Organizing your first trip around the world can be a daunting task, especially if you’re not a planner by nature. But luckily, you’re not the first traveler to take on the undertaking, and certainly won’t be the last. In an effort to help you get the ball rolling, we queried experts in the travel industry and wanderlusters who’ve gone on their share of round-the-world (RTW) trips and put together a list of general guidelines to help you get started.
Where to Begin
There are a lot of ways to execute a successful RTW trip, but one of the easiest ways to do so is to get a travel agent. Most who’ve done the experience before will suggest this as your first step. But before you do that, decide which destinations are on your must-do list and which are on your “if-there’s-time” list. This will be helpful for your agent to know rather than not having any idea ahead of time. “The most important thing for me is making sure that I'm visiting areas about which I'm exceptionally curious and giving myself time to really dig in to a place and get an idea of what it’s like to live there rather than just be a tourist,” said Jennifer Raezer, founder of Approach Guides and Trip Reads.
After choosing your ideal locations, map out how long you want to travel in each. Plan for a week stay at each place, and if you have too many cities, cut back. There’s no way you’ll be able to see and do everything you want to do, even with a year’s worth of travel time. Plus, running from location to location is a surefire way to burnout fast. “I recommend an average of one physical location per week, with at least a two-week rest every six weeks,” shared Jema Patterson, founder of Half the Clothes and three-time RTW traveler.
Another thing to consider is the direction of your route. Look to an itinerary that takes you through the same or similar climates in various months so that your packed clothing can be worn throughout the trip. “I did one trip that took me from the heat of SE Asia to the cold of Switzerland in January. Let's just say, you can have a LOT of luggage,” said Andrew Satkowiak, Vice President, Client and Business Services of The Luxury Travel Agency. “But, knowing what I know now after being in the business, I would ship my clothes to certain destinations and back from others.” While shipping clothes to and from destinations is a quick fix, it’s not ideal, especially if a package goes missing.
Whether it be yourself, a family member or accountant, make sure all bills are on auto-pay or are arranged to be taken care of while away. The same goes for the house. Double-check that all those who need access to it know where emergency supplies are and who to notify during a disaster situation.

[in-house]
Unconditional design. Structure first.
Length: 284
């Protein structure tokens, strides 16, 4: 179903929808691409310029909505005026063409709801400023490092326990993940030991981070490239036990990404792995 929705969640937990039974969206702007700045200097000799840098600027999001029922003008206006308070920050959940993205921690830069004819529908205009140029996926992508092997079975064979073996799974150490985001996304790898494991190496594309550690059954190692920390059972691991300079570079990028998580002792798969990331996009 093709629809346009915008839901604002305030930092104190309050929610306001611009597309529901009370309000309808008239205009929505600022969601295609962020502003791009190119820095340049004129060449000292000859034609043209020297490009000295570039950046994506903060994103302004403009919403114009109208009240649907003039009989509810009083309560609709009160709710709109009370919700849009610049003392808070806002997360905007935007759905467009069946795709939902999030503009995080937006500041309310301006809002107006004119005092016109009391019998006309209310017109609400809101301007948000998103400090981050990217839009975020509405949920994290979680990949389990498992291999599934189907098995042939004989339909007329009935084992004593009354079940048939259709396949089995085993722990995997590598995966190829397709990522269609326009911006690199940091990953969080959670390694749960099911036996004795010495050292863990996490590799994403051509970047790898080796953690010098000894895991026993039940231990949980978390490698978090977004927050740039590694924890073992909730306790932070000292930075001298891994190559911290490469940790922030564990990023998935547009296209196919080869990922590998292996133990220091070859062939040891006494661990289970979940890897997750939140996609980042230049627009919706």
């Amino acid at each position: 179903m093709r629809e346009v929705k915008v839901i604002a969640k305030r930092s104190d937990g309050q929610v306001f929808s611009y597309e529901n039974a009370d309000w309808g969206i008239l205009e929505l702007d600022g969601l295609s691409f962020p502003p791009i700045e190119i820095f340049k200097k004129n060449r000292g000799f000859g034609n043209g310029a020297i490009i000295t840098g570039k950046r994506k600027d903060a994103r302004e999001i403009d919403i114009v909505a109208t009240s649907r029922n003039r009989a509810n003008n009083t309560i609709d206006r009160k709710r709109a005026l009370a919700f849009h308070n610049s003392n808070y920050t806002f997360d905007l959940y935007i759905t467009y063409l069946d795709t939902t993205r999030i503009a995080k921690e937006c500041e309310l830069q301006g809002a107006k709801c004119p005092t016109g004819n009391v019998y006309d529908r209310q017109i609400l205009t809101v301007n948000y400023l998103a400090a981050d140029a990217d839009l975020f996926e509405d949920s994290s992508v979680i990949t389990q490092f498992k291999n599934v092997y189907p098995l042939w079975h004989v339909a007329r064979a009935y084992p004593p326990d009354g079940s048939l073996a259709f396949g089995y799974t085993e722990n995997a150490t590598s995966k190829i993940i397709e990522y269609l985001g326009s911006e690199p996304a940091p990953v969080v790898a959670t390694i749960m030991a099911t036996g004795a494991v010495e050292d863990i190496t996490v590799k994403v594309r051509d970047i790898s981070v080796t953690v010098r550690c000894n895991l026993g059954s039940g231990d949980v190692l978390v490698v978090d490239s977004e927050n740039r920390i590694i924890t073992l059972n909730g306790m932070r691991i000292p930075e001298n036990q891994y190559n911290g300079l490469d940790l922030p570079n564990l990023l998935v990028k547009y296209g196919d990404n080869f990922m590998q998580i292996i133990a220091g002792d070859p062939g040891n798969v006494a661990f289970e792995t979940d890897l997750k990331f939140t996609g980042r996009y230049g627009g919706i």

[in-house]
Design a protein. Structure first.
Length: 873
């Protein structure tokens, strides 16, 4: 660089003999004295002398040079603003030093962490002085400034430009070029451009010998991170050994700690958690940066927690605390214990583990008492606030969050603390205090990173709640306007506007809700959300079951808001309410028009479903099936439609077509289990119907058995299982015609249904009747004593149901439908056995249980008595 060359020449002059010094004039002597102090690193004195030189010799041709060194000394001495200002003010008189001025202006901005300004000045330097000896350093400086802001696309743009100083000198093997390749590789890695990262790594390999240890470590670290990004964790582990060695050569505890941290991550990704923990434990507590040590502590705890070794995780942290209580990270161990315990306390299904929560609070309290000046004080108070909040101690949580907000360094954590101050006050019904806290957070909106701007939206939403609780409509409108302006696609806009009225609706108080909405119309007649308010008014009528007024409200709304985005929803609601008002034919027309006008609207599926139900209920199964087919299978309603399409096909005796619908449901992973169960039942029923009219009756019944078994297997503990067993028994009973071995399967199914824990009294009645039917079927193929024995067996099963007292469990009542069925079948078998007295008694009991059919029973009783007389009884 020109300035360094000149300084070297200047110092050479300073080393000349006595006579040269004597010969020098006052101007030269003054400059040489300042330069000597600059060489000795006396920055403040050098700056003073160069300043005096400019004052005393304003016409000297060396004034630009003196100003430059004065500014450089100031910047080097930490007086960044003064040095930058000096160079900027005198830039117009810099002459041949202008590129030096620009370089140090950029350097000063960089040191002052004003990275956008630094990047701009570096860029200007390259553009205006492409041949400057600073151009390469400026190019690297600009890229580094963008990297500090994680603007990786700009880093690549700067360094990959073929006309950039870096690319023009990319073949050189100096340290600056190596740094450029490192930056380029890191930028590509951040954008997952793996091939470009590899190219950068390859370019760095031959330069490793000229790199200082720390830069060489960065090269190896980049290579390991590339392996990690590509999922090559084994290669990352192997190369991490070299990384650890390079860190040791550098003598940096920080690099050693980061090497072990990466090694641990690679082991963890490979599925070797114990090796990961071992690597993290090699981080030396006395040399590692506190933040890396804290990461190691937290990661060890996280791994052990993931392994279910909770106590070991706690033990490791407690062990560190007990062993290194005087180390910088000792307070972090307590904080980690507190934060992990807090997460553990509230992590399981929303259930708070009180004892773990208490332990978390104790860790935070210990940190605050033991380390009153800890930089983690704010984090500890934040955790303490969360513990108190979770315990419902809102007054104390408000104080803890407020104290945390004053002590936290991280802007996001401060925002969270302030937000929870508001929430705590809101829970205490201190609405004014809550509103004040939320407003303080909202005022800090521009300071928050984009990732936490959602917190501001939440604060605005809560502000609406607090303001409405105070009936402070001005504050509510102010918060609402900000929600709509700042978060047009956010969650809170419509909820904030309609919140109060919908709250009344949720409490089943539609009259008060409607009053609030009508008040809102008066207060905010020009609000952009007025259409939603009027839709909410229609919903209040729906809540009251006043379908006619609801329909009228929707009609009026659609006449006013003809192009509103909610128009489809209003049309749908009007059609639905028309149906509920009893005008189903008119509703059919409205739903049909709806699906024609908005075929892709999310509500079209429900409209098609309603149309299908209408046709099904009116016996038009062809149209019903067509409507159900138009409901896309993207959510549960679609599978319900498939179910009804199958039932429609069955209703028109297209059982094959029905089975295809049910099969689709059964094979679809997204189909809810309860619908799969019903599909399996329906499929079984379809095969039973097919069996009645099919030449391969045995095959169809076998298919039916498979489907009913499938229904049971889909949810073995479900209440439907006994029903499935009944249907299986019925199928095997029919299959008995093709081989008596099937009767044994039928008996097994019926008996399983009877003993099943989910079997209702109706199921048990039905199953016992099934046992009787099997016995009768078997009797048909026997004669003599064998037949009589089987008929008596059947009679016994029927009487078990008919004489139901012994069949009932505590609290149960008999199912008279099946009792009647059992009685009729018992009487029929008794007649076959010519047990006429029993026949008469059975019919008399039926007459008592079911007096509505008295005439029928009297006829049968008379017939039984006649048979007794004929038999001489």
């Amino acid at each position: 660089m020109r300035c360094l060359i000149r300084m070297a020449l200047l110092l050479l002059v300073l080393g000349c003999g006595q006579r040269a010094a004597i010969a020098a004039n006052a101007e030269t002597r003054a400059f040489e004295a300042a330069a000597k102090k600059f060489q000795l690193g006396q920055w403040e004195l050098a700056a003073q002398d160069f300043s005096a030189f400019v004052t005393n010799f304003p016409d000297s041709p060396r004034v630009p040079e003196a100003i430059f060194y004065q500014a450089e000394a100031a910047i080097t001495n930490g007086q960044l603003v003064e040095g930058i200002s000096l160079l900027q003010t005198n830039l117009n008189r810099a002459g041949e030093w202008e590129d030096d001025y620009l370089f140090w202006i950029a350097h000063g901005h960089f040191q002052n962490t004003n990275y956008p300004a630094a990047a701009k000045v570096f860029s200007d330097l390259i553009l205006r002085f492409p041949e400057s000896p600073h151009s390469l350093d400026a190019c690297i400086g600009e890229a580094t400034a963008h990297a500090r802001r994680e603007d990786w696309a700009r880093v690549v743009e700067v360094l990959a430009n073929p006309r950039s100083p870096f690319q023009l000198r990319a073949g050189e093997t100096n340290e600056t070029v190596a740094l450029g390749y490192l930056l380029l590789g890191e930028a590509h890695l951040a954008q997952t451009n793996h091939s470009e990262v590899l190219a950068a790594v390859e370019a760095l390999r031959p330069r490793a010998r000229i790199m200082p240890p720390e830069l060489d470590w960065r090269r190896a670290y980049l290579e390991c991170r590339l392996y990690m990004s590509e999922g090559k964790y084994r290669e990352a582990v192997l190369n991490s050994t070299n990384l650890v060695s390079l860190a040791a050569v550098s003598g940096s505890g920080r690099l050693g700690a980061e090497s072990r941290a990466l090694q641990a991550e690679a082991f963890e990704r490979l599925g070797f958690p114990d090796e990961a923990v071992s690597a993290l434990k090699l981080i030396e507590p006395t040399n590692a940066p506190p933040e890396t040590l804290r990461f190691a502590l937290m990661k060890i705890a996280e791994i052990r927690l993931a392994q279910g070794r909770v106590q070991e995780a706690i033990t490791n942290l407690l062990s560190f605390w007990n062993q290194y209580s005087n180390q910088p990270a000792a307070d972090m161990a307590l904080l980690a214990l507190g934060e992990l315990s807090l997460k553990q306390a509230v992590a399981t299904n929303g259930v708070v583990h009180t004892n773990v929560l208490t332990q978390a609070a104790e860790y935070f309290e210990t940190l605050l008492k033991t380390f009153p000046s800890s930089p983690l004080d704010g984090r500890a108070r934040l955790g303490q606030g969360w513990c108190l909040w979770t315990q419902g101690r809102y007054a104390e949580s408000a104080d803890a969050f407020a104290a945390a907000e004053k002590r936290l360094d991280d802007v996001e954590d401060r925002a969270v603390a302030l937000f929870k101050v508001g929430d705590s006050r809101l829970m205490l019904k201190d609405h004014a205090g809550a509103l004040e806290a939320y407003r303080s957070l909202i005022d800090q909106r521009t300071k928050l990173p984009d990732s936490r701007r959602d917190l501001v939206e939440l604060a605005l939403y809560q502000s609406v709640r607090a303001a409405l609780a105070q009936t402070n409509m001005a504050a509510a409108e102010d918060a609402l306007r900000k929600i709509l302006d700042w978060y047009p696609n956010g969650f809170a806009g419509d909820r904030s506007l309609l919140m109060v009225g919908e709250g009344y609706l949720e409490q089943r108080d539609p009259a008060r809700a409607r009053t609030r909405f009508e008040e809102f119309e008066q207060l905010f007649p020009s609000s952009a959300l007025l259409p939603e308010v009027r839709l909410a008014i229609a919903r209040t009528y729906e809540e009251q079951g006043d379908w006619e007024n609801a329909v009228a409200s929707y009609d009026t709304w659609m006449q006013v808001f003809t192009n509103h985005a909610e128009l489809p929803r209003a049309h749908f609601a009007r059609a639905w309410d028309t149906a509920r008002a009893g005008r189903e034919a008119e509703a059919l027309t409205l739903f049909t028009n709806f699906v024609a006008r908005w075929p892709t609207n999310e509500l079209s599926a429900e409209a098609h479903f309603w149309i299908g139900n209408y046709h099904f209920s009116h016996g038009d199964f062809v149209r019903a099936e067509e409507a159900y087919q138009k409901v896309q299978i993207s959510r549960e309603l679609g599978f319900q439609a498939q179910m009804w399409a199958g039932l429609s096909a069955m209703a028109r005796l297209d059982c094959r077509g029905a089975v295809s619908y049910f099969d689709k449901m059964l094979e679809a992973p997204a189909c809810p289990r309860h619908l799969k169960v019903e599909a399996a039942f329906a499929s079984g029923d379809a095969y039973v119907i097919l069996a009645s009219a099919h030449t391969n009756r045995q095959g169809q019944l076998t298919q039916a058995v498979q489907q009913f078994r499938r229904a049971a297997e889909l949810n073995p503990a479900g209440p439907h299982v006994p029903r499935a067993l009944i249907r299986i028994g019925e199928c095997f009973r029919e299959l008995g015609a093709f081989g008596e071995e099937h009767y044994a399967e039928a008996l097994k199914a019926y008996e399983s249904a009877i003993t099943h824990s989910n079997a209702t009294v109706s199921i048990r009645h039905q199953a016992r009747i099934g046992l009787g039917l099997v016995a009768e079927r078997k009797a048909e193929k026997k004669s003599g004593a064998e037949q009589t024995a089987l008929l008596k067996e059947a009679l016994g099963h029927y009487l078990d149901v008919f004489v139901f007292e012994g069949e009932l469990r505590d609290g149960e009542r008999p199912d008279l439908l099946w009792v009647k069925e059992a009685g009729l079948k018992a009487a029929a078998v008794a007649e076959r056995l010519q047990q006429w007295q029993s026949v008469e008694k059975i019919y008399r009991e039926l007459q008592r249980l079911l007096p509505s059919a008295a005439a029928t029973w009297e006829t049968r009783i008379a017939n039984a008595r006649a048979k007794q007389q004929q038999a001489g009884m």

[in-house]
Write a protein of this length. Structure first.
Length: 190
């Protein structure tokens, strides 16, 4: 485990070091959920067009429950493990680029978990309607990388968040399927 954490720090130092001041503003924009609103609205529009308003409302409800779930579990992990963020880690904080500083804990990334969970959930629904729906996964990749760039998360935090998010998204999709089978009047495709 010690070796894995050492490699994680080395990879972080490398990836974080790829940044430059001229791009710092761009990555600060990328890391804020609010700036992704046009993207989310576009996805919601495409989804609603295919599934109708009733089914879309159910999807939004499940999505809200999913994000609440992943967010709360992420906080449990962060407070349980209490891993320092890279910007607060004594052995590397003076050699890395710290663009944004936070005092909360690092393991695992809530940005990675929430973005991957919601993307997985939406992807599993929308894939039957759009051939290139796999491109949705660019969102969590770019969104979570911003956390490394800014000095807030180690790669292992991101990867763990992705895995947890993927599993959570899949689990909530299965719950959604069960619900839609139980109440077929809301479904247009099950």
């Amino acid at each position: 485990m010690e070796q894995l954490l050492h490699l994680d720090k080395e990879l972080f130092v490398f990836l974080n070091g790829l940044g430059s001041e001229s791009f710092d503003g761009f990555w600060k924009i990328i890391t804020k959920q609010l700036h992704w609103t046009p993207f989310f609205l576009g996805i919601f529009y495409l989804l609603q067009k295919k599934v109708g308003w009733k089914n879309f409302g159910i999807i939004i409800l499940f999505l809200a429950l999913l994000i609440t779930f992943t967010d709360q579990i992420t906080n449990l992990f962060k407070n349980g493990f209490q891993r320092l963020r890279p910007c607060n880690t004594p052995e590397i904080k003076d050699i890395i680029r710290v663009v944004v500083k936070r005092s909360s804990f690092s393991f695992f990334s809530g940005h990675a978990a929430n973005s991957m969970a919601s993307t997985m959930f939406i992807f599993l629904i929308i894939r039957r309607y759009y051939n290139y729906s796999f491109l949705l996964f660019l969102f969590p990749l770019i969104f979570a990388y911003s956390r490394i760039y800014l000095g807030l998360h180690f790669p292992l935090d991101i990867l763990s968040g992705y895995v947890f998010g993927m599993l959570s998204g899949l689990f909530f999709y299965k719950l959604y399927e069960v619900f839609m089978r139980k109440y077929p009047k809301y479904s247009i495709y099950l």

Most travelers already know that checking which immunizations are needed in each country is important. But what they may forget is to be prepared while on the road. Pack a basic travel kit containing items such as pain relievers, decongestants, hydrocortisone cream, first-aid supplies and antacids. Also, type up an emergency contact list along with any conditions you may have and store the paper in your first-aid kit.
“As a general rule, pack any medicine you've used in the past year and keep all medications in the original pharmacy packaging to avoid questions at security. And bring it on board instead of checking it, you don't want your medications to end up on a different continent,” urged Dr. Christopher Sanford of the MerckManuals.com, a medical information resource site. “Gather medical documents. Keep a full list of regular medications handy while you're traveling. If you have a chronic condition, bring copies of recent medical records.”
Along with medical documents, make hard copies of all important papers (passport, travel insurance, IDs and credit cards). Factor in time zone changes when booking activities. There will be days when you need to allow yourself extra time to sleep in and get acclimated to the new hour. No one wants to arrive in a city, be extremely jet-lagged and then quickly set off on a four-hour hiking excursion in Machu Picchu.
When it comes to packing, you’ll most likely hear travelers say “pack your bags, then unpack half.” It’s really a smart tool and one that will save you headaches later on. “My advice for packing is keep it simple, and black is supreme. Every article should have multiple purposes and you’re allowed one “pop” item,” said Blakely Downs, founder of RTWLovers.com.